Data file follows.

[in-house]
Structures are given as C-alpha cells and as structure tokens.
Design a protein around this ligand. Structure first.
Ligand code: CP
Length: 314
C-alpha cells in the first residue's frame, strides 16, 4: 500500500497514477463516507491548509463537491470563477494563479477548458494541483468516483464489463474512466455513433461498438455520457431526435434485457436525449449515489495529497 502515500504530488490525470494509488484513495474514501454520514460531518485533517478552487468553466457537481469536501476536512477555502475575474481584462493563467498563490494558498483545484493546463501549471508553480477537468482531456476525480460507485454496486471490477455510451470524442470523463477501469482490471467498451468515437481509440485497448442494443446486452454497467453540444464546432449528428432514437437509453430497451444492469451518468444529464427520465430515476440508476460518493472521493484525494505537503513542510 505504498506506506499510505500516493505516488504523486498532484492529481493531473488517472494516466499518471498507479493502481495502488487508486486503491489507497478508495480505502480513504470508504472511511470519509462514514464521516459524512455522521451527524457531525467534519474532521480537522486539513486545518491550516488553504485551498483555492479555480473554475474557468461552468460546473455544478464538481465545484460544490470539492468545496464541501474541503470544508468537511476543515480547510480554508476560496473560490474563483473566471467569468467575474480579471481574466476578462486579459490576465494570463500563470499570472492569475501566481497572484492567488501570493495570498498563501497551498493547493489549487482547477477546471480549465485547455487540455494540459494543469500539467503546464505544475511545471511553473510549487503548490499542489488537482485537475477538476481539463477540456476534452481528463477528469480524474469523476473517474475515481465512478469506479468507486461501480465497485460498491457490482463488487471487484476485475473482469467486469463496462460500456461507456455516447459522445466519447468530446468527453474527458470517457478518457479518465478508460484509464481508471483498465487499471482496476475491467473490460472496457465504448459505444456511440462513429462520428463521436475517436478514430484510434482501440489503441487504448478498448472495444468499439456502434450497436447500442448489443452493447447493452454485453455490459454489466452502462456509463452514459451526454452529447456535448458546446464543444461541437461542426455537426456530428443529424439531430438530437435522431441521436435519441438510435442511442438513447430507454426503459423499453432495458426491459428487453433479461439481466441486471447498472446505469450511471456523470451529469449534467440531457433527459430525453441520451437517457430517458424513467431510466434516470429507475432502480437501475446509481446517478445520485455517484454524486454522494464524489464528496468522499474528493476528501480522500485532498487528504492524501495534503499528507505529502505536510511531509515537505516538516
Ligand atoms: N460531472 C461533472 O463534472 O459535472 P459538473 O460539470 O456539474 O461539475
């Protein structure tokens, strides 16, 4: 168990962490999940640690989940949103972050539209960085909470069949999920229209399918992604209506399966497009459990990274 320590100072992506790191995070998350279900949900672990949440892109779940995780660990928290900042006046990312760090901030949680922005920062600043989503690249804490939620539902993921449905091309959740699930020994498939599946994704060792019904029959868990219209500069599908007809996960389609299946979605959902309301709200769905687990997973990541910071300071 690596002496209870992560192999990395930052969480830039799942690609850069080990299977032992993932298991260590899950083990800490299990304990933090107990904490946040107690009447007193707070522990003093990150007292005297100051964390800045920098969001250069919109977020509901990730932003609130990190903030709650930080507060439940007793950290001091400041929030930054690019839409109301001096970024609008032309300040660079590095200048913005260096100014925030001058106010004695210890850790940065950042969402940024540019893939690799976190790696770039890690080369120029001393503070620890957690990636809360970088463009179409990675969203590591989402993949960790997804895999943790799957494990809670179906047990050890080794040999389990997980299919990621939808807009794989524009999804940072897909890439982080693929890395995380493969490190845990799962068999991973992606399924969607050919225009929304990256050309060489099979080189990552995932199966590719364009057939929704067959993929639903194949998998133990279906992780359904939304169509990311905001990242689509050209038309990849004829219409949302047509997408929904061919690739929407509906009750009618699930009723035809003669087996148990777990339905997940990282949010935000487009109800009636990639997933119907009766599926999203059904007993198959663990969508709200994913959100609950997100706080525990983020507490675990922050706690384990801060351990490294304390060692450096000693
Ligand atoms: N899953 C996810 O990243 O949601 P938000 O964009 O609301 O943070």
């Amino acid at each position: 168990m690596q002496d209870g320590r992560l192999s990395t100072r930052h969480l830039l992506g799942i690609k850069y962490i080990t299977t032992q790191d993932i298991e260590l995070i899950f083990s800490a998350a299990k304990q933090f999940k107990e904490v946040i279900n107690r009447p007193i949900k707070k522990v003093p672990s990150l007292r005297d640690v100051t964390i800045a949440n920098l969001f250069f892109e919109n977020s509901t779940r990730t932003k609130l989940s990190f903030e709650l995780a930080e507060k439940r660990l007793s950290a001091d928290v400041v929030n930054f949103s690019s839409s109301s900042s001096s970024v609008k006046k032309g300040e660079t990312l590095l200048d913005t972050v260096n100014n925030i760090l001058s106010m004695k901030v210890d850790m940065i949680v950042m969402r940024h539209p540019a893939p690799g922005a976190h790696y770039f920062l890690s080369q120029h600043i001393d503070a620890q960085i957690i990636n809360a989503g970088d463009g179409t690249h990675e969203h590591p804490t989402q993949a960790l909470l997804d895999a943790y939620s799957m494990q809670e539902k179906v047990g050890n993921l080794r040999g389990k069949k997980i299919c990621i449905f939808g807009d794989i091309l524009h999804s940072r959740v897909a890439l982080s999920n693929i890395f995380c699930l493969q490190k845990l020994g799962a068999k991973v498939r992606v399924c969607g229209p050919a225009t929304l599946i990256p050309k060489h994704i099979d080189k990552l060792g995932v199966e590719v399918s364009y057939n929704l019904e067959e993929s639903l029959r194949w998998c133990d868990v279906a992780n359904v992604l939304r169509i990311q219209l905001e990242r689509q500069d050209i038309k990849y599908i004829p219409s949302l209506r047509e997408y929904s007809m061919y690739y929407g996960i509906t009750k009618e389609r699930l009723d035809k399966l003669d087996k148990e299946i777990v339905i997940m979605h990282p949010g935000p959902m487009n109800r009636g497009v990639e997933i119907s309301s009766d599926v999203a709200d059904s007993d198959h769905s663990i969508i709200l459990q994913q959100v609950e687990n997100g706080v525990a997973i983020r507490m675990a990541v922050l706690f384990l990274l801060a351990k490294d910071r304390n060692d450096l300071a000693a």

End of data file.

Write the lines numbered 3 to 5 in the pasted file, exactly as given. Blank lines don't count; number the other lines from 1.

Design a protein around this ligand. Structure first.
Ligand code: CP
Length: 314